One increasingly popular way for Brits to afford live abroad is by using their property for business purposes. For UK and other EU residents, there are no restrictions to working or setting up your own business – other than you have to comply with the relevant local legislations and tax criteria.
Many people rent out their property as a holiday let when they are not using it to offset the cost of the property, whilst some choose to turn their property into a profitable B&B (chambres d’hotes) or gîte business. If your house is large and you have some spare bedrooms, this can be an excellent way of making some money. To set up as a chambres d’hotes, you have to register with the local mairie providing as much information as possible – including the number of rooms, guests and operational periods. Since August 2007, all chambres d’hotes are limited to having a maximum of five bedrooms and 15 people staying at any one time.
The mairie will then pass this onto the local prefecture who will process it and then, once approved, will add the chambres d’hotes to its list in the community. The mairie should also be able to provide advice on standard charges and how one can advertise locally.
Chambres d’hotes are popular in France and require a reasonable level of commitment, providing breakfast, keeping the house clean and tidy with fresh linen and towels. But once this is done, it can be a great way of using your property to its potential, as well as earning you an income.
If this isn’t for you, there is nothing to stop you from setting up your own company. You can buy a franchise, buy out an existing company or start something from scratch. This is by no means an easy or risk-free option, but if you have previous experience in running a successful company it could be a good way for you to maintain your lifestyle in France. Whatever your previous situation, it is important to remember that it is difficult enough to start up and manage a business in the UK – in France, there are even more forces that can work against you. Locals will usually support other locals instead of foreigners, and tax and employment regulations often do not make financial sense for small companies – even before you factor in the language barrier! We really recommend learning French to a reasonable standard, and this may be crucial for success in France!
If looking for a job, you will also need to bear in mind the difficulties of competing with the local market. You should research the demand for employees in your area of interest, and bear in mind that France currently has unemployment rates higher than in the UK – so you will be competing in an already saturated job market. If you are thinking about trying to find a similar job to the one you had in the UK, you will have to bear in mind that you will have to qualify in France – for example, the French do not accept English teaching qualifications. Skilled craftsmen such as builders, stone masons, plumbers, decorators and the like can often find work in rural France. Remember that many British people buy properties which need some sort of renovation, so there will always be work out there if you have such skills. British expats often like to deal with their fellow English speakers and there is a huge market of expats all over France.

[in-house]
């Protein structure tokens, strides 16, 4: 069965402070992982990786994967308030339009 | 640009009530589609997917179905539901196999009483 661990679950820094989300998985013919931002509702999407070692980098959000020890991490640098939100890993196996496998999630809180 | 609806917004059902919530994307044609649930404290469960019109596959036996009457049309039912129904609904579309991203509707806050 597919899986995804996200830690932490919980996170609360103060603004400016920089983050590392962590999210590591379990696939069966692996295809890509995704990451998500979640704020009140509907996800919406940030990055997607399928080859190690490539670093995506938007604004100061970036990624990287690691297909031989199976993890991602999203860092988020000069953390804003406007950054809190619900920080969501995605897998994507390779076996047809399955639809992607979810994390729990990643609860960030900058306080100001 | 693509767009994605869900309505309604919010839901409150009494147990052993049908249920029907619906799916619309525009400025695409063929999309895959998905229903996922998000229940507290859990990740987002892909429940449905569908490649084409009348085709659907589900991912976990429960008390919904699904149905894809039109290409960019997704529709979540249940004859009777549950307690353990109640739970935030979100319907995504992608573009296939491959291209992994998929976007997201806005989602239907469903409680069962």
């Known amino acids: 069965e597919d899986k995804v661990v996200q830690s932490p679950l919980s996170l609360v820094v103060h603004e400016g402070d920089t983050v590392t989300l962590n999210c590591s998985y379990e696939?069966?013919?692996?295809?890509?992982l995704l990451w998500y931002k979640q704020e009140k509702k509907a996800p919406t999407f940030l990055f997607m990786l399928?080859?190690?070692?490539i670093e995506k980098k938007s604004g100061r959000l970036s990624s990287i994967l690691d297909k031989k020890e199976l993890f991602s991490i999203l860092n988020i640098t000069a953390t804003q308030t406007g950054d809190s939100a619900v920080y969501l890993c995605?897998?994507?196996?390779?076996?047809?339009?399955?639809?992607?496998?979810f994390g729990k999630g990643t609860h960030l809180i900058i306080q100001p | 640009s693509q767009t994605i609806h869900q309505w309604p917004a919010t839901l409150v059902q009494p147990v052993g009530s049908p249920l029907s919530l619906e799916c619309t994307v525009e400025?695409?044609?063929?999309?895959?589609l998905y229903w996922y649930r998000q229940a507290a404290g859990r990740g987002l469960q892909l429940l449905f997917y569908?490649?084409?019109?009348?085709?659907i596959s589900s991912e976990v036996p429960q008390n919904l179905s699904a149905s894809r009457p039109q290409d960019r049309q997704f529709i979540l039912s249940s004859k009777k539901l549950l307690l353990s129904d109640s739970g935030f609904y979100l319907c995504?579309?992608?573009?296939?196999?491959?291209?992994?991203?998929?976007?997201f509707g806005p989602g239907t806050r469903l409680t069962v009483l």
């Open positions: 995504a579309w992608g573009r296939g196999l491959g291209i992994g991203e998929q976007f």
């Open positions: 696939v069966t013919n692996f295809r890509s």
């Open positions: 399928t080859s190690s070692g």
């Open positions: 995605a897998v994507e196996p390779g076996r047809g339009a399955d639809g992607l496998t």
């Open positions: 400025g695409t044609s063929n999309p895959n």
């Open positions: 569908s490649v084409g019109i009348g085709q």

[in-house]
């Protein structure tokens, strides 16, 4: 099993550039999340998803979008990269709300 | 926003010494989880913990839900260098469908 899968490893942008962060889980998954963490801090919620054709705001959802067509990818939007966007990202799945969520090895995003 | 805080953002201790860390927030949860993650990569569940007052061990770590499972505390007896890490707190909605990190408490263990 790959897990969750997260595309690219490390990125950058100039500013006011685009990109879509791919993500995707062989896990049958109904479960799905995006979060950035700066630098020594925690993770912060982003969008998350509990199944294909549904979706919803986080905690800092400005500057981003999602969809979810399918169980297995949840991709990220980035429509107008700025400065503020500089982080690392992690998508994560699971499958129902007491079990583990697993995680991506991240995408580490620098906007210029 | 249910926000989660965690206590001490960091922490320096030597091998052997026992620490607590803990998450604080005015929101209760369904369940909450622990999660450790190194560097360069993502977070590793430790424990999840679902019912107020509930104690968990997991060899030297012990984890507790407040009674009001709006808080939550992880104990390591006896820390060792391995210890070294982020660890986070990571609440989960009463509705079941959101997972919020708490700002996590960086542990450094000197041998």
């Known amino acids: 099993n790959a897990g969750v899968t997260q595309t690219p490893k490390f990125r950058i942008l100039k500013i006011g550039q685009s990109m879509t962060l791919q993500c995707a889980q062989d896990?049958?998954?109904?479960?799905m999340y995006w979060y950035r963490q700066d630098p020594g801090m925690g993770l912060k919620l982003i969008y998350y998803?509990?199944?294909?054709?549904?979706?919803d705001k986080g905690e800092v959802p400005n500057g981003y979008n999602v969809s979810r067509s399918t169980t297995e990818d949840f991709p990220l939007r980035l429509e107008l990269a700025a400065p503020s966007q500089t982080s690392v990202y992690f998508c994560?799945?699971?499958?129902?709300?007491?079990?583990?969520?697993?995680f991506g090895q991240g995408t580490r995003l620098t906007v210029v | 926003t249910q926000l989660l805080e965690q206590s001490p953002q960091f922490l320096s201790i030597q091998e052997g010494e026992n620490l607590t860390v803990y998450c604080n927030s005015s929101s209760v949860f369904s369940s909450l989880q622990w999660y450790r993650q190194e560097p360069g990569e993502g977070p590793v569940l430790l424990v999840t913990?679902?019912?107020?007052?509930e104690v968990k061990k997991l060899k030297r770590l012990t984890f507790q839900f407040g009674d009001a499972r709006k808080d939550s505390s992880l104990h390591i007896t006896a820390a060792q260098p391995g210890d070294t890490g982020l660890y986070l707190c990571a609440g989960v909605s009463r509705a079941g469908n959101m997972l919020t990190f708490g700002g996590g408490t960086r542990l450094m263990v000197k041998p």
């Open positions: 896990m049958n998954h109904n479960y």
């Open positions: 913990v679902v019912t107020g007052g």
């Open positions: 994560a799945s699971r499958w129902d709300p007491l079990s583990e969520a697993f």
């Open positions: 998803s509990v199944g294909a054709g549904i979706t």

Teaching English as a foreign language or translating can be another possibility, and there are plenty of internationally recognised courses around such as TEFL and CELTA. Another idea is to register with ANPE (Agence Nationale Pour Emploi), or “Pole Emploi” as it is now called, which is a nationwide resource for jobs of all types.
If none of this appeals to you, you could create a business online; find a product to sell, write an eBook, or advertise your services as a proof-reader. There is a huge amount of information available on how to generate money by building an internet business, and the options are limitless. Even without setting up a business, if you have a skill which allows you to work from home you can earn a living. There are a number of different project-based work opportunities for writers, editors, programmers, graphic designers, project management, accountants, telesales, etc. The great thing about internet project work is you can pick what you want to do, and how much you’re happy of handle. After all, you don’t want to spend all your time in your new country in front of a computer!
No matter your choice, make use of all the contacts you will make as you settle into France. There is nothing to stop you putting an advertisement in your local paper or shops offering your services. Take advice from anyone you know who has sought and found work in France before you, and remember to embrace the French way; you are then far more likely to find exactly what you are looking for.